Volume 94, Issue 38

Tuesday, November 18, 2000


Fresh Prince meets Bagger Vance

Disc of the week

TV remake not worth the effort

In bed with politics

CD reviews

In bed with politics

Matt Pearson
Arts & Entertainment Editor

The other day I was on the bus and out of the corner of my eye, I saw a guy with a shirt that professed the following: "Keep your politics out of my music."

Although my first reaction was to ask the guy for an explanation, I decided to hold back and think about what the statement actually meant.

Keeping politics out of music would be a vastly difficult proposition since one of music's most essential qualities is its ability to combine political commentary with a unique sound. Even instrumental music can be political because, at its core, it was inspired by something.

Consider the last half of the 20th Century. The infusion of rock 'n' roll into the staunchly conservative culture of the 1950s set tongues wagging, especially when Elvis Presley shook those slender hips or when folksinger Pete Seeger was blacklisted during the McCarthy era.

By the 1960s, protest music took over the airwaves while the protests themselves simultaneously took over the streets. Virtually every major hit of that era had some sort of political slant to it. Think of Joan Baez dedicating "Drugstore TruckDriver" to California Governor Ronald Rea-GUNS or Crosby, Stills, Nash and Young's, "Ohio," written for the students killed at Kent State by the National Guard in 1970. In truth, Bob Dylan was as political as Richard Nixon.

By the 1970s, African Americans joined the fray, venting their frustrations through a trend labelled "Blaxploitation." It provided artists like Curtis Mayfield and James Brown with an opportunity to challenge mainstream society's subjugation of its black populace.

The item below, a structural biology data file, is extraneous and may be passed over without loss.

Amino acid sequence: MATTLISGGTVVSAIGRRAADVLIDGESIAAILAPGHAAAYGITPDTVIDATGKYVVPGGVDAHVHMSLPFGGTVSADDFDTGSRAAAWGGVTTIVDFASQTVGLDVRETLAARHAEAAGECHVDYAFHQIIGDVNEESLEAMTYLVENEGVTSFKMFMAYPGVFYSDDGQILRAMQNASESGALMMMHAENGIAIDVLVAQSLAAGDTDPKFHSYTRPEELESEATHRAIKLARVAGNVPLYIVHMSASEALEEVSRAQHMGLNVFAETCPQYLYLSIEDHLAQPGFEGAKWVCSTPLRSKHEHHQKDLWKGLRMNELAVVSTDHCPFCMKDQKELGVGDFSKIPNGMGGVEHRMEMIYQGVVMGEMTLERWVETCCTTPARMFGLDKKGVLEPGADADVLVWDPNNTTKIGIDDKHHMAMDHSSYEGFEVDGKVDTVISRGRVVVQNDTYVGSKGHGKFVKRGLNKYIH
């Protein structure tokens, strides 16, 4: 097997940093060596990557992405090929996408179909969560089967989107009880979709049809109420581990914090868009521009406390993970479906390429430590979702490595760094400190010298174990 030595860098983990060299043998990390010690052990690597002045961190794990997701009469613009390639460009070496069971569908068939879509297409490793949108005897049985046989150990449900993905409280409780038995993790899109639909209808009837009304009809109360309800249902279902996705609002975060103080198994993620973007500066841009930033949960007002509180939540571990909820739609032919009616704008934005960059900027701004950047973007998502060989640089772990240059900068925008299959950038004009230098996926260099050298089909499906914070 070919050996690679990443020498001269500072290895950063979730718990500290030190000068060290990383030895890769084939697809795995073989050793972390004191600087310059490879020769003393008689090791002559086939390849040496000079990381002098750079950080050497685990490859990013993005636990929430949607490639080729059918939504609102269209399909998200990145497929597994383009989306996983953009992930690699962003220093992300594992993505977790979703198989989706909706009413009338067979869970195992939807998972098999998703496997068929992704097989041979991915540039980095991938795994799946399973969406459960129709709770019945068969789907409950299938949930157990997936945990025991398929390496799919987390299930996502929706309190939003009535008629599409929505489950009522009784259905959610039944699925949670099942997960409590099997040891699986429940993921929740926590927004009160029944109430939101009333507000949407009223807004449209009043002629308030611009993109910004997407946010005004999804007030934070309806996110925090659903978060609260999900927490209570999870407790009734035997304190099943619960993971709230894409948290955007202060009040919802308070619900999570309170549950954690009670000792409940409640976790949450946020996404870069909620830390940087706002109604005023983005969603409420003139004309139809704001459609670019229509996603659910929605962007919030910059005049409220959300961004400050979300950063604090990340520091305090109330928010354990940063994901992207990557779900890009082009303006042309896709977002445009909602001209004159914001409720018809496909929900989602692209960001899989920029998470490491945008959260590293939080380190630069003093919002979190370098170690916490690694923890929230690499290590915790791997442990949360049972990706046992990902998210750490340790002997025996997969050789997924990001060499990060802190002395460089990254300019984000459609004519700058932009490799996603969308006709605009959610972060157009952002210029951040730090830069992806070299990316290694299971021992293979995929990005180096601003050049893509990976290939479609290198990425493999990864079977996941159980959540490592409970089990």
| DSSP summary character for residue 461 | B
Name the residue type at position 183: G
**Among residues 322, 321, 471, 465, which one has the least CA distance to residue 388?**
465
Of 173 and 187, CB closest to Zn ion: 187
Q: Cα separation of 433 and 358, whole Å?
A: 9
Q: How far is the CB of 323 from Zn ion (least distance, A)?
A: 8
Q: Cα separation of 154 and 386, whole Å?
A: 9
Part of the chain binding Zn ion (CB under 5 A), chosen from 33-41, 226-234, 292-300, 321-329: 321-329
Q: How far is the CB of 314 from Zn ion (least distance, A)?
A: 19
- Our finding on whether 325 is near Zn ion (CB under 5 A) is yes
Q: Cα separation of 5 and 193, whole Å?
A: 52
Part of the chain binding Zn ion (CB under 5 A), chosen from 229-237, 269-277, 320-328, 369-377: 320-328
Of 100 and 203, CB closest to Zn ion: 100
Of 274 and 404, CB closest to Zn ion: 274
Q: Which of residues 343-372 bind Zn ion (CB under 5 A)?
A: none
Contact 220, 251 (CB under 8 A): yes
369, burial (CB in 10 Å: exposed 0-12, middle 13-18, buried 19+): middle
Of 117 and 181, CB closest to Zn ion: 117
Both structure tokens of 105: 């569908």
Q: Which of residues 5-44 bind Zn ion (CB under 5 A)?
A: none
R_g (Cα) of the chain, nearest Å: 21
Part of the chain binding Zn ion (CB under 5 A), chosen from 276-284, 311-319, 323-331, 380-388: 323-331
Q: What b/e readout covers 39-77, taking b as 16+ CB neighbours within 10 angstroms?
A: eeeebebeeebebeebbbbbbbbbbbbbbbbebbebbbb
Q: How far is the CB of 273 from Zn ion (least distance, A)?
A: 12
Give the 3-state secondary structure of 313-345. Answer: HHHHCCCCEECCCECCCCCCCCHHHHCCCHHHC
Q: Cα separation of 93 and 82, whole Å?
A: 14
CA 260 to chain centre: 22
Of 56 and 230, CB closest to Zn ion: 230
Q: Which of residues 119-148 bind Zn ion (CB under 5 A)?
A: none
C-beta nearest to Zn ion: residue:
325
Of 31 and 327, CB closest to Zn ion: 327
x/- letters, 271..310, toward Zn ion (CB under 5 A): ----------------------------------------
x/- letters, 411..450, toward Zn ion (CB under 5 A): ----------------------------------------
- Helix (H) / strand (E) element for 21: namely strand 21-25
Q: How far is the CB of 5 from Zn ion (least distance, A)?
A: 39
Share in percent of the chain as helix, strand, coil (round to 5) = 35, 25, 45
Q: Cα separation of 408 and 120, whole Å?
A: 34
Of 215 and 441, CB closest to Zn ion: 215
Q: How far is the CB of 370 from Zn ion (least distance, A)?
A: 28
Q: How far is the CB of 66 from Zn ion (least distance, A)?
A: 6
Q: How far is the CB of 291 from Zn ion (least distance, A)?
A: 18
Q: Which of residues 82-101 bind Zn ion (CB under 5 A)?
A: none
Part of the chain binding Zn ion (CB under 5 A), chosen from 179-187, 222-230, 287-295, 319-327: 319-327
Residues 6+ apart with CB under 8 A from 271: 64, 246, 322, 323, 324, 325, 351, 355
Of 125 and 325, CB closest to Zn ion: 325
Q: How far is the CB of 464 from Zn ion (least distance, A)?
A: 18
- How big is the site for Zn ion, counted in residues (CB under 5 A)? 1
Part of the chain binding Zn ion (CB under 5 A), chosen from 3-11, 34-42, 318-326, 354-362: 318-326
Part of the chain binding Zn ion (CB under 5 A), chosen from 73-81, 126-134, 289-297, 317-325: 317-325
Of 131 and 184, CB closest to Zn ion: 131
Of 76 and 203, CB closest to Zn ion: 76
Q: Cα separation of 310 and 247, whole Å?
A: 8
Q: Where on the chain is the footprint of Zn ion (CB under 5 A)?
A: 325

A decade and a half later, artists from almost every stripe banded together to record, "We Are The World," in hopes of doing a good deed for the starving people of Ethiopia.

The past 10 years have seen musicians take an even more unprecedented role in the political realm. Consider Madonna posing topless for MTV's Rock the Vote or Barbra Streisand performing at President Clinton's 1992 inauguration.

Further, think of U2's Bono, who last fall spoke in front of the United States Congress asking them to eradicate the Third World debt. Or Adam Yauch of the Beastie Boys, whose continued struggle on behalf of the citizens of Tibet has grown into an annual concert attended by thousands.

Still, politicians have returned fire. Well-known political heavyweights have blamed an assortment of rap artists for the violence and deviance that plagues American society. Tipper Gore, wife of democratic presidential candidate Al Gore, has been outspoken in this debate, demanding the placement of parental advisory labels to inform parents of the content of an album.

For better or for worse, musicians use their enormous clout to speak up politically, while politicians continue trying, as they always have, to restrict artistic ventures that don't suit their agendas. Both, it seems, fail to realize it is impossible to keep politics out of music when the two make such practical bedfellows.

Apparently, so does that guy on the bus.

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